Robert A. Houde
Oquirrh Technol., Rochester, NY 14623
Western Michigan Univ., Kalamazoo, MI 49008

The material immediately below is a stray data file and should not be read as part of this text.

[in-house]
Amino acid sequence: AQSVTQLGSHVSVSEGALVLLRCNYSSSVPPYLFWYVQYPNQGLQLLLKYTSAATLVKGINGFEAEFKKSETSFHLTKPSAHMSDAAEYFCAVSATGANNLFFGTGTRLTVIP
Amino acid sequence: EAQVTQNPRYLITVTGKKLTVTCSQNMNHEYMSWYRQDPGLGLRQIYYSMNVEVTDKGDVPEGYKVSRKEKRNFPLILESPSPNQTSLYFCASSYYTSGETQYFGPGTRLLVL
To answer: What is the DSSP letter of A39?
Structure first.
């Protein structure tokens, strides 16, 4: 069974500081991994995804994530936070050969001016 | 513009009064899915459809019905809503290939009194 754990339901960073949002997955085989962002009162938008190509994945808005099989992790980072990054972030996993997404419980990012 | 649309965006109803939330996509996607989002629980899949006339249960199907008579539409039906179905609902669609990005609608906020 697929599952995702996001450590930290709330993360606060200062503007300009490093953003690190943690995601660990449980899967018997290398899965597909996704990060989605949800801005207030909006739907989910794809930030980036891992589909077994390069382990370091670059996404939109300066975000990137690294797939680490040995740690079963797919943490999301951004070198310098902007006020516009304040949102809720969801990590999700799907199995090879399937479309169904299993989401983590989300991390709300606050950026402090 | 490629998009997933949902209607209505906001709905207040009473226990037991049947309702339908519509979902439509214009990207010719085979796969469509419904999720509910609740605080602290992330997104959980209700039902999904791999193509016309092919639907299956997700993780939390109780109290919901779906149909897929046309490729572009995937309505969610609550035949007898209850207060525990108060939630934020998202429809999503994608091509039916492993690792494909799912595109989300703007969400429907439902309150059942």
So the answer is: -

Glottal stops that occur in VCV context are often not realized as stops at all, but rather show voicing that is continuous throughout the ``occlusion'' interval. Glottal stops that are realized in this way are apparently marked by reductions in intensity and fundamental frequency. In the present study recordings were made of speakers producing glottal stops in utterances such as ``oh--oh'' in which a glottal stop separates two identical vowels. The utterances were resynthesized in three ways: (1) with a flat F0 contour and an intensity contour matching the original utterance, (2) with a flat intensity contour and an F0 contour matching the original utterance, and (3) with intensity and F0 contours matching the original utterance. Results suggest that either cue alone is sufficient to signal the presence of the glottal stop. The impression of most listeners was that the signals cued by intensity alone were quite similar to those cued by F0 alone. The apparent equivalence of loudness and pitch in signaling the presence of a glottal stop would seem to present difficulties for a straightforward auditory account of phonetic recognition.